Ah.  Well, you see, I live in Chicago, and this made me wonder.  Some of our neighborhoods seem quite densely populated, at least by American standards.  Certainly, it makes it difficult for my relatives from Texas to feel comfortable when they get caught in our traffic. So, what do we find?  Well, unsurprisingly, the city as a whole is spacious indeed: 606.1 square km (no wonder it takes so long to drive across) with a population of 2,695,598 and a density of 4,447.4 per square km, nothing, to be sure, on those little cities in Belgium, never mind those big ones in India, but greater than that of the countries as a whole.  And within the city itself?  While the suburbs may be fairly spacious, I know that we are living much more on top of each other here in Hyde Park. Some 29,920 of us in 4.143 square km in 2000, giving us a density of 7,221 per square km, or thereabouts.

Okay, so it's not Mumbai, but it is certainly many times the density of the U.S. on average.  There are others in the city living even more on top of each other--literally on top of each other, in the high rises that line the lake.  And in those neighborhoods (Cabrini-Green, Dearborn Parkway, Gold Coast, Goose Island, Old Town, River North, River West, State Parkway, Streeterville)? Well, you might as well be living in Madurai.  The population in these--some of the most luxurious neighborhoods in the city and by the by the ones the tourists are almost guaranteed to visit since they line the Magnificent Mile--is around 72,800 (not counting the tourists) in an area of some 3.884 square km, giving a density of 18,746 per square km.  So why is it, do you think, that we don't hear continual comments about how unimaginably many people there are here?*

*Actually, I have a theory about this, I just want to see what you say first.  Hint: I don't think it is a response to absolute numbers, thus my focus on population density.  Only statisticians and astronauts think in terms of the whole population of the world, the rest of us (I would argue) are more influenced by our immediate surroundings.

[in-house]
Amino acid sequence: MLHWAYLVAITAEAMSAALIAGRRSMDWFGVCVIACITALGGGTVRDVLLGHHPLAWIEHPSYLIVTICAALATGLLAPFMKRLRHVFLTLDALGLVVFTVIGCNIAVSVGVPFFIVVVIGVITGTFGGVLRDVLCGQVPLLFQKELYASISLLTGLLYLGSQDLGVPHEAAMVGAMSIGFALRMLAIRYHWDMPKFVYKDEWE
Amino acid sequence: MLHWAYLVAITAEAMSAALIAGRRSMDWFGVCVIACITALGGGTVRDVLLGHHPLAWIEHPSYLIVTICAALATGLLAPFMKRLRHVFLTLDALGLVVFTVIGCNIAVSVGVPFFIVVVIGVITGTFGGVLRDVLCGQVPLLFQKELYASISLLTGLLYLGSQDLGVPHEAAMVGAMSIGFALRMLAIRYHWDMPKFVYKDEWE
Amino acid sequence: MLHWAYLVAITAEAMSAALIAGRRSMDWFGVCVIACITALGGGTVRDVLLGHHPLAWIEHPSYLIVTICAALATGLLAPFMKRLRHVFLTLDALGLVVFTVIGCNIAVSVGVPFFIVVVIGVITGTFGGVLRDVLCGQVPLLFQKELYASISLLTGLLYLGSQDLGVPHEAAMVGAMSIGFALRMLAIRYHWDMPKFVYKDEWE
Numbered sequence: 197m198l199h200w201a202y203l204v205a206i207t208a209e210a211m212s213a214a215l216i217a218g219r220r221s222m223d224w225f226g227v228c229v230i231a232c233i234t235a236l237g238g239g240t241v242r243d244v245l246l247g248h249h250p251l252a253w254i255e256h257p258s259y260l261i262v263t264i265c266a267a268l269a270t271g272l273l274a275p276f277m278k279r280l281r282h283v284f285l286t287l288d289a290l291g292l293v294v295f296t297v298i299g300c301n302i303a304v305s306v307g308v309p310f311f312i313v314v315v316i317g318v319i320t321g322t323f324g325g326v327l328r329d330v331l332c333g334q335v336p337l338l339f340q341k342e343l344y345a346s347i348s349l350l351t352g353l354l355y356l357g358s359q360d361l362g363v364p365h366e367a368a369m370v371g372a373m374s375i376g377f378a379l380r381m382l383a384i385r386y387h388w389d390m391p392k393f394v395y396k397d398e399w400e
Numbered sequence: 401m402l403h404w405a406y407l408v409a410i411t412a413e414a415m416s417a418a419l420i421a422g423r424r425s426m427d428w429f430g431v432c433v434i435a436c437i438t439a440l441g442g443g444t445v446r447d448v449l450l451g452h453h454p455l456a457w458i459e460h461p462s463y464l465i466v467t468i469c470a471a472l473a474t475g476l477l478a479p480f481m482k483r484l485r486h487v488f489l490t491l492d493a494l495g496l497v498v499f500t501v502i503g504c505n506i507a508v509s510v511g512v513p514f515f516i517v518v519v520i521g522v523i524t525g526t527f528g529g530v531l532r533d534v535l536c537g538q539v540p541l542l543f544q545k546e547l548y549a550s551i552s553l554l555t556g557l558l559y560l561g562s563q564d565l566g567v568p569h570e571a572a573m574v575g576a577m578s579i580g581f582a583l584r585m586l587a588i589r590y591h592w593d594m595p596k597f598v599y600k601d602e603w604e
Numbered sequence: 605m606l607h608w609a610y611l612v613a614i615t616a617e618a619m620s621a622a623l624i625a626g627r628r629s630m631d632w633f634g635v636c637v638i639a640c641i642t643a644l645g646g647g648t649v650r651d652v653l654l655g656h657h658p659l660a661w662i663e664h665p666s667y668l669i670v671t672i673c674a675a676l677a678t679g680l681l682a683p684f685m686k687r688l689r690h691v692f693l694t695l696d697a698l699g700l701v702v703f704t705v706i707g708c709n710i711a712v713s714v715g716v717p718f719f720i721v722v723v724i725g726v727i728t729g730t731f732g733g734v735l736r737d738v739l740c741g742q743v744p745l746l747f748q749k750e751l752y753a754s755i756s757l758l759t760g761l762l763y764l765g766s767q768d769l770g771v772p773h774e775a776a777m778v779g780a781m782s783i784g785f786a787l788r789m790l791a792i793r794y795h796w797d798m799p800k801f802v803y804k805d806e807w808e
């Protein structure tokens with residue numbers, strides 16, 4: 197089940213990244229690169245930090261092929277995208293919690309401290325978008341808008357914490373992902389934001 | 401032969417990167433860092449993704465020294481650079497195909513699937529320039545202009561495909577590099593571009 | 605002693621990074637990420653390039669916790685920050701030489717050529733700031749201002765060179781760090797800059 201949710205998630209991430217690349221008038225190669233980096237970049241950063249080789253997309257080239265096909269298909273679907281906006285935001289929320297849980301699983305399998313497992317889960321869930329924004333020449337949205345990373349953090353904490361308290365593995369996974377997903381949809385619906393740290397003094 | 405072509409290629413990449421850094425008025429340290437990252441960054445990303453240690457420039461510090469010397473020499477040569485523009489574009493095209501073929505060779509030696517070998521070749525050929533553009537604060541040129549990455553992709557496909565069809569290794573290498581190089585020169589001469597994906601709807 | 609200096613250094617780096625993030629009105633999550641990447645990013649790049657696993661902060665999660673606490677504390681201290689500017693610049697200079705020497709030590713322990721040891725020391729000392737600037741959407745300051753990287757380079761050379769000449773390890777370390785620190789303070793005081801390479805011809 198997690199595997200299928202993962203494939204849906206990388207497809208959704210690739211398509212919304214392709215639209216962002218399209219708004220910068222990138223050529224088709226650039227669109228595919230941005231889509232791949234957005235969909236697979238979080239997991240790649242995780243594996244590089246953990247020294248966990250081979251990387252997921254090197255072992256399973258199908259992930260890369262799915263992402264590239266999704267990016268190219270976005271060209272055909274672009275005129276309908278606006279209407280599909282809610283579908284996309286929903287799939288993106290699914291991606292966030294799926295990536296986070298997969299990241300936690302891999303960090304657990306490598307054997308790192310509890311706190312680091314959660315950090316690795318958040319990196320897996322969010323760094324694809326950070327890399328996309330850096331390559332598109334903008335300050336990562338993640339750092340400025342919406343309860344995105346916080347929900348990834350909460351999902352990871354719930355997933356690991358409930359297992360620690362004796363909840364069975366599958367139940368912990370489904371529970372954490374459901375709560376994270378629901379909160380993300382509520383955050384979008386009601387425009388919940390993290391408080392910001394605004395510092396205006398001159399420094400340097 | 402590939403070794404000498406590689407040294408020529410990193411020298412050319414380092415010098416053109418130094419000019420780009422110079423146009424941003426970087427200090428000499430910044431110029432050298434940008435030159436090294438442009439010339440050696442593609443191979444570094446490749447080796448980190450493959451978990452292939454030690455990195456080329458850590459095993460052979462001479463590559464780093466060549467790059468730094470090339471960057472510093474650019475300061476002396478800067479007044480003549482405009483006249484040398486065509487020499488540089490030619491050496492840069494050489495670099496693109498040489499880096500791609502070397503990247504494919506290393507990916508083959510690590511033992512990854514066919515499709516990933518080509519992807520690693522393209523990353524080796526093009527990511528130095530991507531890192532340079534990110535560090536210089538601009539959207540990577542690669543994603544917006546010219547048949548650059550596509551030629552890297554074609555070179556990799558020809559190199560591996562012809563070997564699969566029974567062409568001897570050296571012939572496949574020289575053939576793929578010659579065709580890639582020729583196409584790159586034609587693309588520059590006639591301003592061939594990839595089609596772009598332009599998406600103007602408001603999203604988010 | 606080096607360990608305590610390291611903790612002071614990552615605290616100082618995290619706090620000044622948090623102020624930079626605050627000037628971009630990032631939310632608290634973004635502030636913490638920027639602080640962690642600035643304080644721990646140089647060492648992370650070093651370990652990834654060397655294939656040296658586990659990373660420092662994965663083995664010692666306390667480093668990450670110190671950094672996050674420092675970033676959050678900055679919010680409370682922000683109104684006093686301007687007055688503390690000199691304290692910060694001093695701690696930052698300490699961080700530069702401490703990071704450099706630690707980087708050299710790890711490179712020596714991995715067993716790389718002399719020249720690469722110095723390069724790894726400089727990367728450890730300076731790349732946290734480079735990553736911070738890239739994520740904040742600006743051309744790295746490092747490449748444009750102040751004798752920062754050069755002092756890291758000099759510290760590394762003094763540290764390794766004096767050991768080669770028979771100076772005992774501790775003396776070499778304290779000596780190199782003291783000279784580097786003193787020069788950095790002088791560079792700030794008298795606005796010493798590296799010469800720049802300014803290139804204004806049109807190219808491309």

Comments

  1. Is it about personal space, perhaps?

    Also, the most crowded neighborhoods of Mumbai might be many more times more dense than the Magnificent Mile. You didn't break down the neighborhoods of Mumbai or that city in Belgium, after all.

    I went to an exhibit on cities at the Tate Modern a few years ago and there were these marvelous wooden, sculpted, three-dimension representations of the population density of the "mega cities" the exhibit concentrated. Represented like that, London (a city I think of as dense by western standards, but perhaps not as dense as NYC) was softly undulating hills, while cities like Mumbai (or maybe it was Delhi in the exhibit) looked like collections of spiky skyscrapers. Maybe that has something to do with people's perceptions -- *some* parts of Indian cities are more densely populated than *most* parts of western cities?

    And for what it's worth, when I think of midtown Manhattan or Oxford Street in London, I think "People! So many people!"

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  2. Good point, I could have used those three dimensional maps! But the city in Belgium is fairly small, not even as big as the neighborhood encompassing the Magnificent Mile. My initial surprise was in finding that the countrywide densities were so similar, which makes me think now that if so many people in India are in the cities, how densely populated would the countryside feel?

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  3. Was it this exhibit that you saw? These are fascinating representations of cities! Going on with the theme of my question, I think the most interesting stastical tidbit appears at the bottom of the post, where Barcelona and Mumbai appear side by side. Mumbai's average density is much higher than Barcelona's, but Barcelona's maximum density is nearly that of Mumbai's (I don't see what the units of measurement are).

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  4. Oops, misspelled statistical there. Too many statistics for this bear!

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  5. Yes! That's it! OK, London isn't quite as undulating as I remember, but look at the spike Cairo makes! I remember being astonished by it in person, too.

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  6. Btw, from the close up of the numbers, it looks like the units are persons per square kilometer.

    Oh, and I swear the versions I saw were wooden, not polystyrene. So maybe there's more than one version of the exhibit.